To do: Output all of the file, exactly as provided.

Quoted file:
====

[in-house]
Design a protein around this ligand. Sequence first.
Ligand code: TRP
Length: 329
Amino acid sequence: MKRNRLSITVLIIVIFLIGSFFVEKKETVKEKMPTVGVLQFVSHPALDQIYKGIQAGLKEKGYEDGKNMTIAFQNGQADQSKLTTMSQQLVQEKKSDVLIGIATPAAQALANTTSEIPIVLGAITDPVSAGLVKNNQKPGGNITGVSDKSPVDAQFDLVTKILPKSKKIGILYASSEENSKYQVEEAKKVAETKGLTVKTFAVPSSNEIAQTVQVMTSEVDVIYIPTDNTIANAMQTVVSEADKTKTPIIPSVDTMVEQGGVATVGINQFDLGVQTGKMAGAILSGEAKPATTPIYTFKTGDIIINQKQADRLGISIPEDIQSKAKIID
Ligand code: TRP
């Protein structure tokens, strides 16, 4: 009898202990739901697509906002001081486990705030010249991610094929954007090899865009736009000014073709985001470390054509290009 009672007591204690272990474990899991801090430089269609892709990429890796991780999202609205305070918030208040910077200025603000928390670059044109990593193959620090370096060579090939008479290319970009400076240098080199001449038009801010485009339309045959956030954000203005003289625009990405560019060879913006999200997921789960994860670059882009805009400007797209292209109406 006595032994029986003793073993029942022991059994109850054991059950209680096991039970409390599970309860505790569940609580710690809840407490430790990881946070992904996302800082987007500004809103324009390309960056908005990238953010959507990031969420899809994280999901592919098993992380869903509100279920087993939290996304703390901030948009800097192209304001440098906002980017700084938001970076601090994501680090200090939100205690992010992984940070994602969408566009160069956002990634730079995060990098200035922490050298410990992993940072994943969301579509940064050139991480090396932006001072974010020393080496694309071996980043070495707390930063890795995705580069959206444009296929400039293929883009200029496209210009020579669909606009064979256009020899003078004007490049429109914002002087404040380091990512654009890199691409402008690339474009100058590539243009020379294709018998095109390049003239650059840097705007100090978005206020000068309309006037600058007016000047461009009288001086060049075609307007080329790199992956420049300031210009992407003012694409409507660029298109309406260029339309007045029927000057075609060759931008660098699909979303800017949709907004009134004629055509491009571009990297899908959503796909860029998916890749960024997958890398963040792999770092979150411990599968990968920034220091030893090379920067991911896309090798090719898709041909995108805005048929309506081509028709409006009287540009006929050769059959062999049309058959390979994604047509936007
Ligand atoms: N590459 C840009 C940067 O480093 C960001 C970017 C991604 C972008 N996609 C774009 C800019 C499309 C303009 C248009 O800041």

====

[in-house]
Design a protein around this ligand. Sequence first.
Ligand code: TRP
Length: 329
Amino acid sequence: MKRNRLSITVLIIVIFLIGSFFVEKKETVKEKMPTVGVLQFVSHPALDQIYKGIQAGLKEKGYEDGKNMTIAFQNGQADQSKLTTMSQQLVQEKKSDVLIGIATPAAQALANTTSEIPIVLGAITDPVSAGLVKNNQKPGGNITGVSDKSPVDAQFDLVTKILPKSKKIGILYASSEENSKYQVEEAKKVAETKGLTVKTFAVPSSNEIAQTVQVMTSEVDVIYIPTDNTIANAMQTVVSEADKTKTPIIPSVDTMVEQGGVATVGINQFDLGVQTGKMAGAILSGEAKPATTPIYTFKTGDIIINQKQADRLGISIPEDIQSKAKIID
Ligand code: TRP
């Protein structure tokens, strides 16, 4: 009898202990739901697509906002001081486990705030010249991610094929954007090899865009736009000014073709985001470390054509290009 009672007591204690272990474990899991801090430089269609892709990429890796991780999202609205305070918030208040910077200025603000928390670059044109990593193959620090370096060579090939008479290319970009400076240098080199001449038009801010485009339309045959956030954000203005003289625009990405560019060879913006999200997921789960994860670059882009805009400007797209292209109406 006595032994029986003793073993029942022991059994109850054991059950209680096991039970409390599970309860505790569940609580710690809840407490430790990881946070992904996302800082987007500004809103324009390309960056908005990238953010959507990031969420899809994280999901592919098993992380869903509100279920087993939290996304703390901030948009800097192209304001440098906002980017700084938001970076601090994501680090200090939100205690992010992984940070994602969408566009160069956002990634730079995060990098200035922490050298410990992993940072994943969301579509940064050139991480090396932006001072974010020393080496694309071996980043070495707390930063890795995705580069959206444009296929400039293929883009200029496209210009020579669909606009064979256009020899003078004007490049429109914002002087404040380091990512654009890199691409402008690339474009100058590539243009020379294709018998095109390049003239650059840097705007100090978005206020000068309309006037600058007016000047461009009288001086060049075609307007080329790199992956420049300031210009992407003012694409409507660029298109309406260029339309007045029927000057075609060759931008660098699909979303800017949709907004009134004629055509491009571009990297899908959503796909860029998916890749960024997958890398963040792999770092979150411990599968990968920034220091030893090379920067991911896309090798090719898709041909995108805005048929309506081509028709409006009287540009006929050769059959062999049309058959390979994604047509936007
Ligand atoms: N590459 C840009 C940067 O480093 C960001 C970017 C991604 C972008 N996609 C774009 C800019 C499309 C303009 C248009 O800041």